Glossary of Terms
ACANTHUS: Leaf design used in decorative carving.
ACRYLIC: Synthetic polymer fiber made from natural materials, such as coal, air-water, petroleum, and limestone. Fibers are strong, durable, and resistant to strong sunlight. They make soft, bulky, wool-like fabrics and carpets.
ARM PAD: Upholstered part of wooden arms of the chair, serving as armrests.
ARM RAIL: Curved horizontal part of a chair, continuous across back and arms.
ATTACHED-BACK SOFA: In upholstered furniture, a pillow treatment that cannot be removed.
BALL-AND-CLAW SOFA: A furniture foot resembling a bird or animal claw grasping a ball.
BARREL BACK: Upholstered chair or sofa with arms and back forming a continuous curve.
BASE RAIL: Wood trim at the bottom edge and above legs of chair or sofa. Also wood trim at the bottom edge of dresser, chest, or another piece, directly above legs or flush to the floor.
BATTING: Padding is used to wrap springs or foam slabs before stuffing them into cushions. Quilted polyester often is used.
BENTWOOD: Wood steamed and bent to form structural members of chairs, etc. First developed in the early 19th century and popularized in the 20th century.
BLOCK-FRONT: Technical method of constructing the fronts of case furniture, such as chests or cabinets. Featuring three flattened curves, the concave is flanked by convex. Developed in America, especially in New England in the 18th century.
BOMBE: Marked by convex or bulging lines, descriptive particularly of Rococo case furniture with outward-swelling front and sides.
BOX-EDGED: Square seat front with welting or sewn seam on top and bottom.
BOX PLEAT: In upholstery, a fold of fabric to the left, followed by a fold to the right, stitched in place.
BRACE BLOCK: Piece of wood or metal fitted into an angle of a piece of furniture to add strength or rigidity, as at corners under a tabletop or between a leg and a seat of a chair.
BROCADE: Rich jacquard-woven fabric with an interwoven design of raised patterns. It has an embossed appearance, sometimes with contrasting surfaces, colors, gold or silver threads.
BUTT JOINT: Type of joint where wood ends meet perpendicularly at right angles without overlapping or notching.
CABRIOLE: A double-curved furniture leg that flares outward at the top (knee), inward near the foot (ankle), and swings out again at the foot.
CAMELBACK: Chair back with top rail curved up at the center. Also a curved-back sofa with a hump in the center.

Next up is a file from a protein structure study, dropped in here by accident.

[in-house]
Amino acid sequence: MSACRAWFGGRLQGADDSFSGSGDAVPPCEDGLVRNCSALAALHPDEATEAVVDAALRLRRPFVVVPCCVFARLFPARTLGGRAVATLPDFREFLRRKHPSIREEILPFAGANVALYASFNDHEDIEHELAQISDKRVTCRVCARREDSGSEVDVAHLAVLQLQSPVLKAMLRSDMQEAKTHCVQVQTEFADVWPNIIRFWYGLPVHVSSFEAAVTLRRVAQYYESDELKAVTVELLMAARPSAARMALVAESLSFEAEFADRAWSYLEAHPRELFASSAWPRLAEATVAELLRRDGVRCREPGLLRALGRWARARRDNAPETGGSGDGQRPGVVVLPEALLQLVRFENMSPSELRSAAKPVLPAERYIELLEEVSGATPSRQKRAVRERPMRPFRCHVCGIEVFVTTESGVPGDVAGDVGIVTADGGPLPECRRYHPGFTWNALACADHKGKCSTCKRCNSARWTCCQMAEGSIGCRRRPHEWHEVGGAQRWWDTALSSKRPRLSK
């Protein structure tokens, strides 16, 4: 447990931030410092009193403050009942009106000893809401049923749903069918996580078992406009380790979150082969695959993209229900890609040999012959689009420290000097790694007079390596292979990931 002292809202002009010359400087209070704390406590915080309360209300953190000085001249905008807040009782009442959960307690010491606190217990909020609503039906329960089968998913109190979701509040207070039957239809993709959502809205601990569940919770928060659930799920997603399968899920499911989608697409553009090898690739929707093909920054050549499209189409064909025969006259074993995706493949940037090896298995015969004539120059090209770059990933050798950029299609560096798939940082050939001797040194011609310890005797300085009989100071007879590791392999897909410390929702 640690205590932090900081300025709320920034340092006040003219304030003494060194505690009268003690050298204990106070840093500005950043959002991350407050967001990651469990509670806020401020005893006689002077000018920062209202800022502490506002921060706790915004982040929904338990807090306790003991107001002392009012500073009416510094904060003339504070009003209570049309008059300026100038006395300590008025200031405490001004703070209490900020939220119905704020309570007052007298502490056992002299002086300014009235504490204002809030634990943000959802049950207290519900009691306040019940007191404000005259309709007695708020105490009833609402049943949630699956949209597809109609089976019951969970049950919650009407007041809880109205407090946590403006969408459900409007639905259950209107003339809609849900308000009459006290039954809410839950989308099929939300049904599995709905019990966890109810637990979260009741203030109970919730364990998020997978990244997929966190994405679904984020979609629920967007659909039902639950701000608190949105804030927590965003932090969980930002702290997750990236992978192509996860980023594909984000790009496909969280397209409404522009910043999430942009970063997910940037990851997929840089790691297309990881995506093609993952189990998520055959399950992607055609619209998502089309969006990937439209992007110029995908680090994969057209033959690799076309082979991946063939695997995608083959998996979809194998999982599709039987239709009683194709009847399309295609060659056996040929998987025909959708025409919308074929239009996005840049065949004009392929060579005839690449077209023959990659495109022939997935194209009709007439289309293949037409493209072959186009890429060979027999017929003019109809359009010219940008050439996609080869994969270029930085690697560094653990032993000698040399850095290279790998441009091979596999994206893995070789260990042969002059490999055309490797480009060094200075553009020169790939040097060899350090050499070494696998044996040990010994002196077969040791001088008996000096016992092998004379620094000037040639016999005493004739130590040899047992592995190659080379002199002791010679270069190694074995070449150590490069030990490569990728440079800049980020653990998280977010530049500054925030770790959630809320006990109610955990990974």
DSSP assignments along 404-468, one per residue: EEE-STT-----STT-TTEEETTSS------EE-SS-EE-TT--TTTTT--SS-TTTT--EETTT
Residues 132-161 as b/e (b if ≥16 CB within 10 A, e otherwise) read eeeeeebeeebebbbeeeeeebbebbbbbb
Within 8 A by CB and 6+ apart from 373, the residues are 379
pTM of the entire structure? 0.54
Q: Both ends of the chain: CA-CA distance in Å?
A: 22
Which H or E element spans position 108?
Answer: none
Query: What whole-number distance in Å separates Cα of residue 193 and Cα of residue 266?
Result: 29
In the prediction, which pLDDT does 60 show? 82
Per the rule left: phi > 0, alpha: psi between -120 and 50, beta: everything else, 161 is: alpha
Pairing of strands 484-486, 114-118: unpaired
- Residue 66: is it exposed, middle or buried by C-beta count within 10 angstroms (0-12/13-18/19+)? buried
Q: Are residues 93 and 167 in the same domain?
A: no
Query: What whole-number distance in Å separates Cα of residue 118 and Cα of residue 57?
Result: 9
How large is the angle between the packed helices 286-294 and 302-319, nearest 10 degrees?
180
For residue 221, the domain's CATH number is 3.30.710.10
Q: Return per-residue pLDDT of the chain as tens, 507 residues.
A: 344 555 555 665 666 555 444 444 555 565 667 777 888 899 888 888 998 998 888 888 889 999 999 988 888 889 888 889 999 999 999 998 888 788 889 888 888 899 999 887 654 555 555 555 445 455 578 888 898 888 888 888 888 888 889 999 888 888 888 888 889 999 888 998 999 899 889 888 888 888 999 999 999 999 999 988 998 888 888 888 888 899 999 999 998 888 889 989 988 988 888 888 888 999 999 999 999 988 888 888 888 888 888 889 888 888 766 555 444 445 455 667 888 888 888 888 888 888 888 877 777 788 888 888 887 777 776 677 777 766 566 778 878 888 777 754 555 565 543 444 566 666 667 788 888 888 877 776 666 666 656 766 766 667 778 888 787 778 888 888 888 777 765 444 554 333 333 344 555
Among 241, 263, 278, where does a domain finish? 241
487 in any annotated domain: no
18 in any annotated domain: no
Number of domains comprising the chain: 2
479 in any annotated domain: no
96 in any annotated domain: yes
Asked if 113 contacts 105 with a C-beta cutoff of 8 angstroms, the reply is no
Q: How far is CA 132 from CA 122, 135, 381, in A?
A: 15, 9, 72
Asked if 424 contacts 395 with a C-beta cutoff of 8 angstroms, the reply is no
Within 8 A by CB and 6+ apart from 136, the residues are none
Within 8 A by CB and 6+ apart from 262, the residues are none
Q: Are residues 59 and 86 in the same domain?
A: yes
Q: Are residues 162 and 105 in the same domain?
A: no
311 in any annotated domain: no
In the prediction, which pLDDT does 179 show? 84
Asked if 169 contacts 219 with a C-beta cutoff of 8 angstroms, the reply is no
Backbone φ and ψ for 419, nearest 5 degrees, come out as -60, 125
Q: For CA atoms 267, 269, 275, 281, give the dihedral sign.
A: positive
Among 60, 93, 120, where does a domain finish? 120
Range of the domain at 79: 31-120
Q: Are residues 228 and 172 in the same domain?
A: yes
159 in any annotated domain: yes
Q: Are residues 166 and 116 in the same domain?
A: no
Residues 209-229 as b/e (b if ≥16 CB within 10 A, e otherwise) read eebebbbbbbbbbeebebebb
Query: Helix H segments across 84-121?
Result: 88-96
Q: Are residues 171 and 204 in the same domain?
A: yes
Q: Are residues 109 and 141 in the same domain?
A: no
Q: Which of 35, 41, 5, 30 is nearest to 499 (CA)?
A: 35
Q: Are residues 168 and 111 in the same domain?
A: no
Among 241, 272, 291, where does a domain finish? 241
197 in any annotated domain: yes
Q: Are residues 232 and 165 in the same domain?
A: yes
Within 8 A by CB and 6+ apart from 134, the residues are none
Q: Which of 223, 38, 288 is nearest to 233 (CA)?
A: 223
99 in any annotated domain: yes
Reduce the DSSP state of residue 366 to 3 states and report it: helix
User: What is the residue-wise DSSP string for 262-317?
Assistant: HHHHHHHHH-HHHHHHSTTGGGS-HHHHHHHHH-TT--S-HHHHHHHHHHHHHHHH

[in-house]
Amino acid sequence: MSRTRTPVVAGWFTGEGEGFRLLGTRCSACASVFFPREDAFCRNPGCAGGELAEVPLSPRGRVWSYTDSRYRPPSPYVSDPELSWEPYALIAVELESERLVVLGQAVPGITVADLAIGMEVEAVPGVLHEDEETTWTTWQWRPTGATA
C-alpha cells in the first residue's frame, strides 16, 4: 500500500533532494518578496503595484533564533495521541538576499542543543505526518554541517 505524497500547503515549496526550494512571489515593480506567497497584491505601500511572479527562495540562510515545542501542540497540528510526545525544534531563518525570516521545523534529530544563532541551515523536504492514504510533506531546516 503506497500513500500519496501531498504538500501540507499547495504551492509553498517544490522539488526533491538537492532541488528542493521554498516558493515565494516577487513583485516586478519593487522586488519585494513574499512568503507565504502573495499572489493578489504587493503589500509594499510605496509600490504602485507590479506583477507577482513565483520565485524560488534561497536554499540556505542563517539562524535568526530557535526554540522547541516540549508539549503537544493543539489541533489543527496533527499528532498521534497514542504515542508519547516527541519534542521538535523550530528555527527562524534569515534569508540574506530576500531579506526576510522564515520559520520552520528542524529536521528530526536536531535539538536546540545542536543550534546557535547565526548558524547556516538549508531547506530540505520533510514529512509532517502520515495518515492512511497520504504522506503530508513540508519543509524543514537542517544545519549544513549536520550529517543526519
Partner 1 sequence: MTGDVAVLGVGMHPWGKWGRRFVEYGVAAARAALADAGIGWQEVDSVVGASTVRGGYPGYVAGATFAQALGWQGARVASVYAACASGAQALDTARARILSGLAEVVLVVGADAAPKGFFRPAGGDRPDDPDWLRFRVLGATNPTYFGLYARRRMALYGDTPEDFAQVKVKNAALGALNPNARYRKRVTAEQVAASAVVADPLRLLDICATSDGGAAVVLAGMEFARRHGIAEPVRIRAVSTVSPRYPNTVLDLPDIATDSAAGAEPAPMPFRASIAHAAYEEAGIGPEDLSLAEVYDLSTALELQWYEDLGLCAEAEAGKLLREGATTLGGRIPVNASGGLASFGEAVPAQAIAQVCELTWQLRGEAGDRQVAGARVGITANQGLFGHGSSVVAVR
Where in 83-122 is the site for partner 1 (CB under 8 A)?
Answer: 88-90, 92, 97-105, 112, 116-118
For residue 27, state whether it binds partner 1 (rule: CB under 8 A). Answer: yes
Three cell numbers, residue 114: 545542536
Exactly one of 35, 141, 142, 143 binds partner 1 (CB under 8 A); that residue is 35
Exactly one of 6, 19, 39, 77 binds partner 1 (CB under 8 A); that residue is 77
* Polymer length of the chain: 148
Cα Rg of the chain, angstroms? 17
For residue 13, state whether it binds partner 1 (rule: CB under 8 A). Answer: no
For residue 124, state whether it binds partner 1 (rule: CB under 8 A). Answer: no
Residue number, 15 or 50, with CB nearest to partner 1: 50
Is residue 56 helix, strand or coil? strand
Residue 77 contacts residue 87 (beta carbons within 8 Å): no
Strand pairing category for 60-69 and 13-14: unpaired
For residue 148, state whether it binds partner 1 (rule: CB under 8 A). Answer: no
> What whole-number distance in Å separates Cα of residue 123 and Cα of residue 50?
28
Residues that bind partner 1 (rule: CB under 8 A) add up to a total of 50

CANE: Rattan and other reed-like plants split into thin strips and woven for chair seats, backs, and side panels; elastic and comfortable. Also used for decorative insets.
CASE GOODS: A furniture industry term for pieces made of wood (not upholstered), especially those used in the dining room and bedroom.
CHANNEL BACK: Type of upholstered back for a sofa, with rows of vertical tufting.
CHENILLE: A yarn with short, cut fibers protruding from it, giving a "fuzzy" appearance.
CHESTERFIELD: Large, overstuffed sofa with closed, upholstered arms that are usually rollover arms of the same height as the back.
CHINTZ: Plain-weave cotton fabric with glaze finish giving a soft, lustrous appearance. Usually has printed design.
CLUB CHAIR: Low-slung lounge or easy chair with squared back and arm, loose seat cushion. May or may not be skirted. The type of arm may vary with period or style.
COIL SPRINGS: Tapering, cone-shaped, resilient wire springs used in the quality construction of upholstered furniture, mattresses, and boxsprings (also called cone springs).
CORNER BLOCK: In furniture making, a triangular woodblock is used for added strength, in a concealed structure under tabletops, inside cases, and at points of stress on upholstered furniture frames.
COTTON: Popular natural fiber that is versatile and makes good upholstery cover. Blends well and lends durability, absorbency, abrasion-resistance, and excellent pilling resistance to other fibers in the mixture. Often blended with rayon, Dacron, or wool.
CORNER: Building center of a mound of stuffing higher than its perimeter.
DACRON: Trademark name for a polyester fiber manufactured by DuPont. A crisp, strong, resilient fiber that combines well with cotton, linen, and wool.